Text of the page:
Meatloaf, collard greens, and mashed potatoes at Killen's.

Back in February I got a little taste of Ronnie Killen's titular comfort food restaurant at a pop-up in its parking lot. I picked up a three-piece fried chicken meal with creamed corn and macaroni and cheese, and for the rest of the day I was happy. Though unexpected permitting issues were delaying the restaurant's opening, anticipation remained high for this diner.

Then Covid-19 changed everyone's timelines. Killen's wouldn't be ready quite yet; moreover, Ronnie Killen himself battled the virus over the spring. Eating chicken fried steak, smothered pork chops, and fried catfish—the food Killen grew up with at his grandmother's house—would have to wait a little longer.

But over the summer the former Hickory Hollow space came together quickly. Renovations ended and a fresh coat of white paint was applied to the exterior. Within weeks signage appeared, finishing touches were made, and on August 19 the doors opened at Heights Boulevard and Center Street.

Based on one meal at Killen's—where Ronnie Killen acts as executive chef alongside longtime kitchen pro Teddy Lopez—the anticipation for me was worth it. All it took was a forkful of the all-beef meatloaf topped by not-too-sweet tomato gravy, which I'll call heavyweight ketchup. But the butter-rich mashed potatoes and the soft, creamy grits, flooded with jalapeño chive oil, sent me over the edge. Those grits have no right being that good.

Entrées include Texas staples like chicken fried steak, fried catfish and fried shrimp, and a pork chop smothered in brown onion gravy you'd think came out of a Knorr packet. Other sides are what you'd expect: fried okra, black eyed peas, creamed corn, and a not-too-salty batch of collard greens with ham chunks. Starters feature pork belly with cherry habanero glaze, deviled eggs with pulled pork, and fried green tomatoes with pickled shrimp and buttermilk sauce. I had the latter, whose flavors were well executed, though the tomatoes themselves were too firm and undercooked.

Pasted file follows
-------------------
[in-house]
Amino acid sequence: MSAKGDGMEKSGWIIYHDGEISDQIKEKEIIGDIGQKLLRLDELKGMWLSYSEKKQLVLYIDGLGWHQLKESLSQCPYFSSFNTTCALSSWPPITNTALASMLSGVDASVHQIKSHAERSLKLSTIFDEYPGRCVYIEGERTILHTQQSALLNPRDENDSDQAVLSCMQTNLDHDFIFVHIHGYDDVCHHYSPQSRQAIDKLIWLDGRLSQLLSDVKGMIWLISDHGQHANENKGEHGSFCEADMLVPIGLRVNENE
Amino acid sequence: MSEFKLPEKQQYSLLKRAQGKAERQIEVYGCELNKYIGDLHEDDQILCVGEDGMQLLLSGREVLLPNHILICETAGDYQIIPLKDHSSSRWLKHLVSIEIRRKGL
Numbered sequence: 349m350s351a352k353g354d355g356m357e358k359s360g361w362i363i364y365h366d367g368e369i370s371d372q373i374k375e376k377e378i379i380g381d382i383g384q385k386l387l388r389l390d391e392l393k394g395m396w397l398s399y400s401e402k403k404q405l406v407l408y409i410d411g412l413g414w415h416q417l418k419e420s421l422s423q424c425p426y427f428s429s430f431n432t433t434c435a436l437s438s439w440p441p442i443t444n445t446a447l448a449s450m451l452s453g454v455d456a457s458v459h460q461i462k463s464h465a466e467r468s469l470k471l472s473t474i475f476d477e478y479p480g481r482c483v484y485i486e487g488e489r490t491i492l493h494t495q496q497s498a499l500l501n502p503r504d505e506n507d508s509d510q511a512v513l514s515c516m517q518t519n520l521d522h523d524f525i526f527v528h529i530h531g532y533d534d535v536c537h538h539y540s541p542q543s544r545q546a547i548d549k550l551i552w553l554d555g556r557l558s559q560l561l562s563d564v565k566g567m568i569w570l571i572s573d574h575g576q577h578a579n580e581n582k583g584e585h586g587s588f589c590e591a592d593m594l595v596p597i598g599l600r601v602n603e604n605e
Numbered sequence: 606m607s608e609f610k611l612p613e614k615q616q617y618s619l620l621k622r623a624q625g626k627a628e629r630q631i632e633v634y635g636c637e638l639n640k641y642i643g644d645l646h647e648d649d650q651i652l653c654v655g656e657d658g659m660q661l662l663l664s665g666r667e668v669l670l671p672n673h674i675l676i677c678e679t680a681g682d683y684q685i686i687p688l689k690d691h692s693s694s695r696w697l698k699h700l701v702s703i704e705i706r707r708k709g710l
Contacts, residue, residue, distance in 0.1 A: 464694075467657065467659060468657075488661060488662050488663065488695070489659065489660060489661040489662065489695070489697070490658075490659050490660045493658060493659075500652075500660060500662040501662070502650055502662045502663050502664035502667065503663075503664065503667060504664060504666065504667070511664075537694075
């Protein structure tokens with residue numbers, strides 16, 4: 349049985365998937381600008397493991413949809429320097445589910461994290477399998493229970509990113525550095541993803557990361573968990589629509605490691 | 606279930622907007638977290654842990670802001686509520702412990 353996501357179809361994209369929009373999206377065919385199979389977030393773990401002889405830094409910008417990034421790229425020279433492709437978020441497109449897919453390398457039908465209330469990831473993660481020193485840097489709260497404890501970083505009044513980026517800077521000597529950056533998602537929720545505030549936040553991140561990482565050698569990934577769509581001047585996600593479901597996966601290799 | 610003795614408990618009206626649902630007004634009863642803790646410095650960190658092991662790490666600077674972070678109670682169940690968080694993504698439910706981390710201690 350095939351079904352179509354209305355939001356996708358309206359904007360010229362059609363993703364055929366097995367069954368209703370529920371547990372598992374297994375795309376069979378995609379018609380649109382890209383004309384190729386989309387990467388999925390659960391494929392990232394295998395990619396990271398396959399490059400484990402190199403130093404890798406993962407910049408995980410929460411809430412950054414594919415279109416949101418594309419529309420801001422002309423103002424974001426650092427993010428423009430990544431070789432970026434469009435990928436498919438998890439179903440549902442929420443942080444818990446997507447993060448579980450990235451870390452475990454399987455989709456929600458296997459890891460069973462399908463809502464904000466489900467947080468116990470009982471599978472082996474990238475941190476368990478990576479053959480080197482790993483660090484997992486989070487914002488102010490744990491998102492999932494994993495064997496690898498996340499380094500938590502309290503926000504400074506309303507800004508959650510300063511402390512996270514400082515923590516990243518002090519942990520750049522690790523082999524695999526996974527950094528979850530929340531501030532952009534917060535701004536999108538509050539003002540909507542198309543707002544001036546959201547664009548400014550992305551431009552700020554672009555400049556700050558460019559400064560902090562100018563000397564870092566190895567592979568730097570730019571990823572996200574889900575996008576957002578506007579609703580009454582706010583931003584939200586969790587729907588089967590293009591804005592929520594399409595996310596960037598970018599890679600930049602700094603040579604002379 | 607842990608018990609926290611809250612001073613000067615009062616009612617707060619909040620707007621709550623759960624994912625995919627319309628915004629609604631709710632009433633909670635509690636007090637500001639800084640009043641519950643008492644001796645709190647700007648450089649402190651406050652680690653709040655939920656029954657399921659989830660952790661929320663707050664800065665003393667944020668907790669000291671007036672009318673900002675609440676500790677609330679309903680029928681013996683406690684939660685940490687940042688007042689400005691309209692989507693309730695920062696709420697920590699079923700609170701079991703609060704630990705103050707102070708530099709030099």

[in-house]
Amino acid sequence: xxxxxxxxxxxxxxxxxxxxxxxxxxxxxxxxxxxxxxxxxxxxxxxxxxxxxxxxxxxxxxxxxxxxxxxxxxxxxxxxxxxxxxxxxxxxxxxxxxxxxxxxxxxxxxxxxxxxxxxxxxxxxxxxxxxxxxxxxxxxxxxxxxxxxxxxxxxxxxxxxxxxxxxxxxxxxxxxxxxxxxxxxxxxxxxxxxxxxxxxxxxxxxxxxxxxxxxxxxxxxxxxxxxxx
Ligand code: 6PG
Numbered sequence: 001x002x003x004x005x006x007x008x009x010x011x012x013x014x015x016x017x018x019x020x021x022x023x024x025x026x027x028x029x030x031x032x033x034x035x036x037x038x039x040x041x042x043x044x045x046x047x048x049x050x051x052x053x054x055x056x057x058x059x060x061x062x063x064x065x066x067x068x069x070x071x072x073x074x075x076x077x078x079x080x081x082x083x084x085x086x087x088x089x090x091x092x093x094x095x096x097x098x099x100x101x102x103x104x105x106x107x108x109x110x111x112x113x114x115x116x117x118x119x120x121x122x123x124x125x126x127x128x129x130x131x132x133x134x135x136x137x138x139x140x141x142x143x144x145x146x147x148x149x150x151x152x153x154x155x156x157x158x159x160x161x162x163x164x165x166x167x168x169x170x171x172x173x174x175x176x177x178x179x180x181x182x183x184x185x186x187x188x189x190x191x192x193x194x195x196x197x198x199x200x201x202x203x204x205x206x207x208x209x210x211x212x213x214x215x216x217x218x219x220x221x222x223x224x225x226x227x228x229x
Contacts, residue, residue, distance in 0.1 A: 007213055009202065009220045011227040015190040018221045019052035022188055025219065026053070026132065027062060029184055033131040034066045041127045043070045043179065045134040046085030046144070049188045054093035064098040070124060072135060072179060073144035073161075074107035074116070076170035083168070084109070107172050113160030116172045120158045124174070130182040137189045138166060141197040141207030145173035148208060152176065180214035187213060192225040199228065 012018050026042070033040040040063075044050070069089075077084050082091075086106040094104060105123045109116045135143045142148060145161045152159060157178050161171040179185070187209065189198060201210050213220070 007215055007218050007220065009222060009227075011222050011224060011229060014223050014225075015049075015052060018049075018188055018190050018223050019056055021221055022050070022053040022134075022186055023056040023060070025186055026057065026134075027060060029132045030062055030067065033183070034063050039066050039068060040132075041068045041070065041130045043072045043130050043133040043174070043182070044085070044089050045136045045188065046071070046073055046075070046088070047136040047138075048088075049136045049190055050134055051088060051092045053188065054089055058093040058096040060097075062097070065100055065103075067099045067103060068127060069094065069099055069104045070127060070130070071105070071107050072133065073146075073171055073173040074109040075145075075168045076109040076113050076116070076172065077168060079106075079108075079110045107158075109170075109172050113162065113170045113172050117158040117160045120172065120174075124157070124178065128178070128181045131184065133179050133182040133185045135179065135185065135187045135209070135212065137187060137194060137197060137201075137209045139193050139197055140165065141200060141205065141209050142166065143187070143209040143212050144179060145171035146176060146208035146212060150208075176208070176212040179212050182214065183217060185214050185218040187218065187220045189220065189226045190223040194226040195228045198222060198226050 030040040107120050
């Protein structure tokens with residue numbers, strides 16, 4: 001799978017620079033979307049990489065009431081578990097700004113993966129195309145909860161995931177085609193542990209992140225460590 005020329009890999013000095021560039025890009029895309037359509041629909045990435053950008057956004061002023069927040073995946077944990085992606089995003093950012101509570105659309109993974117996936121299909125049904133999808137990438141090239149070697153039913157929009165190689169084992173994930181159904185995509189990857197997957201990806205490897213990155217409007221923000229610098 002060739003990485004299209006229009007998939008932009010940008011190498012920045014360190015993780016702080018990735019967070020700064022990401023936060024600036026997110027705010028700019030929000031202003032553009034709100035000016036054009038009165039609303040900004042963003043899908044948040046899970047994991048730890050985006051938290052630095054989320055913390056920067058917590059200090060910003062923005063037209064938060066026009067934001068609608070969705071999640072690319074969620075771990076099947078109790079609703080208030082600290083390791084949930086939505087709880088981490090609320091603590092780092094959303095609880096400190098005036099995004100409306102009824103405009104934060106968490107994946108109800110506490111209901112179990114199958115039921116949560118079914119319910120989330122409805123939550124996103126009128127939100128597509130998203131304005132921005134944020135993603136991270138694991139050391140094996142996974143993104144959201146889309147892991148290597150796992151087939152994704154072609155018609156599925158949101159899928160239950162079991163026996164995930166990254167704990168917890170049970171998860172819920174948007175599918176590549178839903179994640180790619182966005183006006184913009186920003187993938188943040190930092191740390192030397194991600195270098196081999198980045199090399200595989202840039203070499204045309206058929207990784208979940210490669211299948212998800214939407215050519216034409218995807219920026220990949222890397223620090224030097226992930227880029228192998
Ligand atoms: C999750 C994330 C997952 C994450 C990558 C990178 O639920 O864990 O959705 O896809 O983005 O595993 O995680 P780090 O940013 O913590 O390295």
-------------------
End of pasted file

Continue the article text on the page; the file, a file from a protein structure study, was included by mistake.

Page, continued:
One would expect that from a new restaurant, and surely Killen will be tweaking things over the course of these first few months. Lighting will shift and a patio might go in, and hopefully something will be done about the noise, since chatter carries well in the open room. But the surroundings are befitting what I might call a heightened-casual comfort food restaurant: Exposed white brick (from Hickory Hollow) juxtaposes nicely with shiplap, while family photos decorate the bar wall, and fresh-cut flowers adorn every table. Thoughtful touches, absolutely, but the food ultimately stars at Killen's.

Two additional tips: First, get that German chocolate cake, based on a recipe from Killen's aunt. Second, give DeeDee Killen's cocktails a try—my Killen's single-barrel old fashioned, which included WhistlePig whiskey, was exactly what I wanted.

I guarantee plenty of expectations will be met and exceeded at Killen's. 

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